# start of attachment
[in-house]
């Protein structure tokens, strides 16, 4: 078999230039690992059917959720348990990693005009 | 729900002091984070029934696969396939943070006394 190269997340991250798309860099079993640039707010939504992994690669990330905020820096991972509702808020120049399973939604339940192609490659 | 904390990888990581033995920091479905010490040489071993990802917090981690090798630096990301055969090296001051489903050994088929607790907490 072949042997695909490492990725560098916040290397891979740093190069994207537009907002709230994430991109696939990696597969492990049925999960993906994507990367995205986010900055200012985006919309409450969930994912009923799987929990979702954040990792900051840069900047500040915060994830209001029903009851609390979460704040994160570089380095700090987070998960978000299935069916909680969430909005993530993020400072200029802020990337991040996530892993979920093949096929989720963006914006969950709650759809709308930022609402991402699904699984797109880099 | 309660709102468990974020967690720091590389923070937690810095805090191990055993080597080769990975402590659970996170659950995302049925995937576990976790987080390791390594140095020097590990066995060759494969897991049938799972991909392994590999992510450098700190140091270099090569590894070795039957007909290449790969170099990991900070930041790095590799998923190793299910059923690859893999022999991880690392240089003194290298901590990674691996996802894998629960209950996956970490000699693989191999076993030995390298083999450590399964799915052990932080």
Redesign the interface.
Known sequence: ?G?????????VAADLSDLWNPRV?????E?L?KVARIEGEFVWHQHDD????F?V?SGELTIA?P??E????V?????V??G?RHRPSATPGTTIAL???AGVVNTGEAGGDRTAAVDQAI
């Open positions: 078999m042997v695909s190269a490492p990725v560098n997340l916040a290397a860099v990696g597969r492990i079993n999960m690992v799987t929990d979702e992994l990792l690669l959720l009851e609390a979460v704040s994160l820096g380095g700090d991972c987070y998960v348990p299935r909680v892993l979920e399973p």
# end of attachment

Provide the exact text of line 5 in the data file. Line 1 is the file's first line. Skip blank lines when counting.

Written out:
């Open positions: 078999m042997v695909s190269a490492p990725v560098n997340l916040a290397a860099v990696g597969r492990i079993n999960m690992v799987t929990d979702e992994l990792l690669l959720l009851e609390a979460v704040s994160l820096g380095g700090d991972c987070y998960v348990p299935r909680v892993l979920e399973p």